I snoozed from 3:33-535-6, because it was still raining, but eventually got out at 6:15.  I really enjoyed this day.  Bigelow is one of my favorites on the trail.  It was foggy at first but cleared up and was sunny the rest of the day.  The climbs and descents put me in a good rhythm and the time passed quickly.  I was really hoping to grab some cell service by Sugarloaf (often ski areas have cell service as a safety measure) but no luck.  The skies were clear, so I did not expect rain.   Which meant I would walk on and whenever I felt tired just lay down.  So that is what I did.  I actually highly like making camp this way.  Often times I can find a “bath tub” type spot.  One where the ground is up on both sides so I can have my feet elevated and my head up as well.  If I roll over on my stomach, which I often do, then the ground stretches out my hip flexors.  Hey, I believe the little things matter and soy loco.  I can then just sleep …

AT17 - Day 4 - A Big Low

Day 4: 8/7 136.5-172.9 Little Bigelow Lean-to
            I took off at 3:43, as I still wanted to get to Caratunk and on one of the first ferries across the Kennebec.  I arrived the the Caratunk Bunk house at 8:40 and grabbed my box.  Still no phone service, I logged into their wifi.  My heart sunk when I checked my SPOT.  I had no pings.  I thought for sure this must be an error.  I checked everywhere nothing.  I sent out a quick email to Bill and Matt to see if they had anything for me.  I was losing it.  I ate a snack and packed my bag.  I wanted to keep moving, I was feeling good.  Bill got back to me quick.  My take was, it was not the end of the world as long as I had other documentation, but also, that I could just start over.  I hastily decided to keep going.  Which, was the right choice for me.  But the SPOT loomed over my head.  I spent $150 on it, $150 on the service and probably about $100 more on batteries for it.  I also was not keen on carrying it because it was heavy…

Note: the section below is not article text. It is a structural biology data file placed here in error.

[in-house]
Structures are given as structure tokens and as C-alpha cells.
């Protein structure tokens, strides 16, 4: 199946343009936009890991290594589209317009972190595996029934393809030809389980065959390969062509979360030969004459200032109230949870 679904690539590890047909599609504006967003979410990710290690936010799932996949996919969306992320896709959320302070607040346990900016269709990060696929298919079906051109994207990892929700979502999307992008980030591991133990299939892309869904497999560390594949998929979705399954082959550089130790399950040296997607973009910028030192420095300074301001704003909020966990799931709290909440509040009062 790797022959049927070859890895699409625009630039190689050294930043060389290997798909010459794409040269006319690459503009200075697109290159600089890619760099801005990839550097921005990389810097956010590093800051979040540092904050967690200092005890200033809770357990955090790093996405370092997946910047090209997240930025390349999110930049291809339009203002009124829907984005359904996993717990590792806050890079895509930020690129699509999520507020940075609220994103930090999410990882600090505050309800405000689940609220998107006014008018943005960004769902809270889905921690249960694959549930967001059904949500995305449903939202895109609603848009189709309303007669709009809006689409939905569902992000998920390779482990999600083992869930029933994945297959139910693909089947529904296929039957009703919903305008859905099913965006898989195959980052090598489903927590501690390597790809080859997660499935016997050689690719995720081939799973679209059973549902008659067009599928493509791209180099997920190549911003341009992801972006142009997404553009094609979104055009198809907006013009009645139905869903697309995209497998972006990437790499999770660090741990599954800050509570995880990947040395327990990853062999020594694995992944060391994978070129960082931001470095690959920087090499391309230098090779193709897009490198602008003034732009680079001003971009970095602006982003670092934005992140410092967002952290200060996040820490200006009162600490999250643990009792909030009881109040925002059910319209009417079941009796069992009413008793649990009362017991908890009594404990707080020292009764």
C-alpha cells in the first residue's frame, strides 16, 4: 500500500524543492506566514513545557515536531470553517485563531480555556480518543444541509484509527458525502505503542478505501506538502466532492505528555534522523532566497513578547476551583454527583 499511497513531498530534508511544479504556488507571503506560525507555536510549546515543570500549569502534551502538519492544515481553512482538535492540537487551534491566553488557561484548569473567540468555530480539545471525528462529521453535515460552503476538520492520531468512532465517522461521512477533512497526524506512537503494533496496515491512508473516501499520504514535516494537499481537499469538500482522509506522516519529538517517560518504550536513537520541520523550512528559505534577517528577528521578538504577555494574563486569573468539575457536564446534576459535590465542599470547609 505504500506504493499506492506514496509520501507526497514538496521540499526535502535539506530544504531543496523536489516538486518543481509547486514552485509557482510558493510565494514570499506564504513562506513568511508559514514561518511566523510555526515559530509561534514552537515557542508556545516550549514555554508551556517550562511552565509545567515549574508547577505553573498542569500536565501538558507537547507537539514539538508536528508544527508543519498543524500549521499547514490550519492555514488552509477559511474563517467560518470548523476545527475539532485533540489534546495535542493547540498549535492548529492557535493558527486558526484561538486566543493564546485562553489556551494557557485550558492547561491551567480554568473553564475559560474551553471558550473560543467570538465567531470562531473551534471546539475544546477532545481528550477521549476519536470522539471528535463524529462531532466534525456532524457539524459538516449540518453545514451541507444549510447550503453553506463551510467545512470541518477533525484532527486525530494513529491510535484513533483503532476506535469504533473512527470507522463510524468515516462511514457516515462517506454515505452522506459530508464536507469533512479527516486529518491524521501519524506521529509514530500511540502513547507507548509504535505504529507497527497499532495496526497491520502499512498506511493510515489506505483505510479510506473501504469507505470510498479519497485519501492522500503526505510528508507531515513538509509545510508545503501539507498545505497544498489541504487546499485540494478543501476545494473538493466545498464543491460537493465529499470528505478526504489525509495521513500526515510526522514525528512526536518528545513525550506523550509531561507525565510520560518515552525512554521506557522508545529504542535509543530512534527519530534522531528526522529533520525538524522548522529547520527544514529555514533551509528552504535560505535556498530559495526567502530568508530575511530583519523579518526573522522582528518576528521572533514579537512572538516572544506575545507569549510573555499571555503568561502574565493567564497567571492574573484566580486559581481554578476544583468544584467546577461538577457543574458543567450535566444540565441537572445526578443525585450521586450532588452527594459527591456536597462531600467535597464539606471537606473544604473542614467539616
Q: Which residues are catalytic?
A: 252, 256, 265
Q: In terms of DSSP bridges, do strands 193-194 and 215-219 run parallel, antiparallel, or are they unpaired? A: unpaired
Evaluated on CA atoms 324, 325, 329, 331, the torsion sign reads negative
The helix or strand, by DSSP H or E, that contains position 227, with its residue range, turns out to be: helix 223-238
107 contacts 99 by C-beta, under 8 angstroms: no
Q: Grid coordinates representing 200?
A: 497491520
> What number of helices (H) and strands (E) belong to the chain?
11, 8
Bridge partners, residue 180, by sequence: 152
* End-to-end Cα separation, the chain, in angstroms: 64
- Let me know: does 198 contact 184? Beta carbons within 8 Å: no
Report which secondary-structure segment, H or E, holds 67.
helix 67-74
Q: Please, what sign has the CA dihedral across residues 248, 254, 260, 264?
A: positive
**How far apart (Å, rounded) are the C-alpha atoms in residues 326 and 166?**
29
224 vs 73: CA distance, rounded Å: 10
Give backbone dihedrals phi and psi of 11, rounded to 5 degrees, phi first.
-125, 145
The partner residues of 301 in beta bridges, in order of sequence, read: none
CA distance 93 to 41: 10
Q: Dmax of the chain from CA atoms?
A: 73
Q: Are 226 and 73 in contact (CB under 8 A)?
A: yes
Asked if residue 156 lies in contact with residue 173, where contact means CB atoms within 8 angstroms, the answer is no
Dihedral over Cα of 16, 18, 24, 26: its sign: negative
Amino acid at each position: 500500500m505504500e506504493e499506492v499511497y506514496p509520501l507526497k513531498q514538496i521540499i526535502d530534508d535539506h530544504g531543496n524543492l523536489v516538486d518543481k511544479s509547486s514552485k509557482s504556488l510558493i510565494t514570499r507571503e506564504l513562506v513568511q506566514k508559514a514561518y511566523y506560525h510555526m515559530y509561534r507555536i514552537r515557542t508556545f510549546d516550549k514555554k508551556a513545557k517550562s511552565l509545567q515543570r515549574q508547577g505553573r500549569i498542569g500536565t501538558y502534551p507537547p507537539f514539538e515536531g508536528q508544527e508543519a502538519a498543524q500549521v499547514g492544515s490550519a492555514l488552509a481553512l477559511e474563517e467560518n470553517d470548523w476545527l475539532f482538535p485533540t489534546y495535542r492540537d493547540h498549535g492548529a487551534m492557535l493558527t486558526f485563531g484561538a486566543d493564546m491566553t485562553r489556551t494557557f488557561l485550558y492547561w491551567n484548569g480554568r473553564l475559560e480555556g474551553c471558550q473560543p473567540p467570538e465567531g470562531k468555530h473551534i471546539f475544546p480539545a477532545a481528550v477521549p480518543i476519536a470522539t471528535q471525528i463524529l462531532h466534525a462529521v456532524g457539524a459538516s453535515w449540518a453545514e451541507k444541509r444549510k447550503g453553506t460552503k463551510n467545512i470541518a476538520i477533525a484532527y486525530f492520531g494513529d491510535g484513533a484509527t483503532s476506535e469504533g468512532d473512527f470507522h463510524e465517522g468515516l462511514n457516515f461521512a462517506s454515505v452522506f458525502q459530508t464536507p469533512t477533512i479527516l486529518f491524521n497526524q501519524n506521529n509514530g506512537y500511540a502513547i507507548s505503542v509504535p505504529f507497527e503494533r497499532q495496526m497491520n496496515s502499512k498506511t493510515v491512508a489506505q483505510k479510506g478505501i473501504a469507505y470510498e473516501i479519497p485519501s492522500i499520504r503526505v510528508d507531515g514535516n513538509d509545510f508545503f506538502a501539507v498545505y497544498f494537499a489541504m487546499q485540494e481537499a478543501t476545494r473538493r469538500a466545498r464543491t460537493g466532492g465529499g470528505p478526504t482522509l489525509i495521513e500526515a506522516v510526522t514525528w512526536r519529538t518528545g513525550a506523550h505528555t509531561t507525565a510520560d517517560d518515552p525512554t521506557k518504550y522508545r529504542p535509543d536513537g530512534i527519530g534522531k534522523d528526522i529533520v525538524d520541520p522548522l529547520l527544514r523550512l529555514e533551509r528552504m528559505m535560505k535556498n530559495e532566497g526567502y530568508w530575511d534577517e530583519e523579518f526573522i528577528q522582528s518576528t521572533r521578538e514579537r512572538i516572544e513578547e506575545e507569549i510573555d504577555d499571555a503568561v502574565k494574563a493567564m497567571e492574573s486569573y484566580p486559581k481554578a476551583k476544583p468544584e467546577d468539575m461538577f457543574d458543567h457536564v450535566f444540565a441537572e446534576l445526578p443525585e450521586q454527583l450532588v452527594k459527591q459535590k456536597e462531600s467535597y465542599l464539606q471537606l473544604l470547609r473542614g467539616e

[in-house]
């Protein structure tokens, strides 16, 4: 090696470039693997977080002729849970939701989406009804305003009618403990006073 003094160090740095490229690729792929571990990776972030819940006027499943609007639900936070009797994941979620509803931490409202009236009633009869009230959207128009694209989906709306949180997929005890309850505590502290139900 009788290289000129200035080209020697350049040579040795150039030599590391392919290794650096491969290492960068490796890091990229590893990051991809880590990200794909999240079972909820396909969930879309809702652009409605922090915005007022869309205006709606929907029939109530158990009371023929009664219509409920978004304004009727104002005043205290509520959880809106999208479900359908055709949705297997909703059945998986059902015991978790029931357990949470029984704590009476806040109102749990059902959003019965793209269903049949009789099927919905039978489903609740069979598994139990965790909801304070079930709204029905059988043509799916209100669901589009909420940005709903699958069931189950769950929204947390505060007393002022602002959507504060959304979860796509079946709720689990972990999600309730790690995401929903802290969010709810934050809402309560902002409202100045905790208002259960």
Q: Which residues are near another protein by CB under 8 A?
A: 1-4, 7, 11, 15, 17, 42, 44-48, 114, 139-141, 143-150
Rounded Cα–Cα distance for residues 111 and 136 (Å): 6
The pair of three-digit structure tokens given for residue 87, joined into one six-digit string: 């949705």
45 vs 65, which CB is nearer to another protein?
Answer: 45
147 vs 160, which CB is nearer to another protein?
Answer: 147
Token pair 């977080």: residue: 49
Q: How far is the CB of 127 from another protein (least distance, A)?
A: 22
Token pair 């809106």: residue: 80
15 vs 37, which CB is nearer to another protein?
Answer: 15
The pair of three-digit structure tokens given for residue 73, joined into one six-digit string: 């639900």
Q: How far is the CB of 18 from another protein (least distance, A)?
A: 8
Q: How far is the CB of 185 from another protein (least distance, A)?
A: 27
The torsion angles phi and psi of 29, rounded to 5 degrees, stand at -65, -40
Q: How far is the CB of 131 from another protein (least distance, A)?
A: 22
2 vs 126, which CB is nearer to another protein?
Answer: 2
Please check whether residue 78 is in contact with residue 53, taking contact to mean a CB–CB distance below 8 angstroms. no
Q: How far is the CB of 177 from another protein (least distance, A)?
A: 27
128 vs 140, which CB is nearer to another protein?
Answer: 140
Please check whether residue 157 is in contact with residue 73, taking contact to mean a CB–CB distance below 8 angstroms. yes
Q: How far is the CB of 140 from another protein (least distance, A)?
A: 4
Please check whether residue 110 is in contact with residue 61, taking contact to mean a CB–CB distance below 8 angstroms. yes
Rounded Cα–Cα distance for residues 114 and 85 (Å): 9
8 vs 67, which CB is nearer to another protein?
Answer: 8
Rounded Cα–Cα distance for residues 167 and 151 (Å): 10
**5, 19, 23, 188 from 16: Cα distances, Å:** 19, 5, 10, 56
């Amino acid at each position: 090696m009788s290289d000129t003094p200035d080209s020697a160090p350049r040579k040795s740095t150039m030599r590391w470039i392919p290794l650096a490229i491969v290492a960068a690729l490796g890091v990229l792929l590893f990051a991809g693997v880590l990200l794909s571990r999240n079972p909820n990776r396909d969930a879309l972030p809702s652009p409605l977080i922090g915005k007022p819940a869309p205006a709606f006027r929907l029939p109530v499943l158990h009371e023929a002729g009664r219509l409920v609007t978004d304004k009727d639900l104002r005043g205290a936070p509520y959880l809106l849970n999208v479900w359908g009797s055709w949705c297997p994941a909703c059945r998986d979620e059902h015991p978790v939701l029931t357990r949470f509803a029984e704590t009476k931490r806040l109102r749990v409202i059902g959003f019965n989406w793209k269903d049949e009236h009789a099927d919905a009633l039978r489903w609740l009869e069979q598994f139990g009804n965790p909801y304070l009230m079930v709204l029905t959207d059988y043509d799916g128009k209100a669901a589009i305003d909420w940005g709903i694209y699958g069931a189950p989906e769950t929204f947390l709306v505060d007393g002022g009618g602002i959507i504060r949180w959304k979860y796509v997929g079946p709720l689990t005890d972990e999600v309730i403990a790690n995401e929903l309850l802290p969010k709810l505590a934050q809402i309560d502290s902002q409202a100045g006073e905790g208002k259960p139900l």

AT17 - Day 2 & 3 Have't Found My Groove Yet

Day 2: 8/5 48.3-95.4 Cloud Pond Lean-to
            The pack already felt much lighter in the morning at 6:00 and I was able to run the last bit of flats before some very nasty punchy climbs.  The day became socked it, which kept me cool but the darkness drains my vitality.  I imagine it as a reverse “Lord of the Rings” While NoBo, I felt like Frodo heading into the darkness and destroying the ring.  SoBo, it feels more like I have cast the ring into the fires of Katahdin and am heading home to the Shire (Springer).  Lord of the Rings references already, losing it! Lost! Man this guy is loopy.  I was really hoping to get past the 100 mile mark today, but I failed to remember how difficult the climbs were in this area.  Feeling fatigued, I thought to call the day a bit early and stay near a shelter in case of a nasty storm.  As I was setting up my camp, it started to poor.  Then lightning flashed and thunder boomed.  Damn, exactly what I was worried about.  The trail quickly became f…

AT17 - Getting there - Day 1 - Ease Please

Joey Camps AT Thru Hike 2017 Trip Report
The goal of the hike was to have fun, experience some beauty, and ultimately see what my body could do!
The self-supported record for the AT is set by Heather "Anish" Anderson at 54days 7hours 48mins The supported record for the AT is set by Karl Meltzer at 45days 22hours 38mins
I will be traveling as a self-supported hiker, which means:
Walk into and out of resupply towns to purchase or pick up prepacked and mailed supplies. Hike as a backpacker, carrying all food and equipment between resupply towns. Follow the official AT route, no detours, road walks or alternates of any kind. Do not have anyone follow, or provide support in a prearranged manner. Do not get into a vehicle for any reason during the attempt. Honestly and thoroughly document the attempt. Practice Leave-No-Trace ethics.
I will be carrying a SPOT Trace and my Iphone for pictures and video, to document my trip.
Gear List: Pa’lante FKT Proto-type Pack SOL Escape Bivy Th…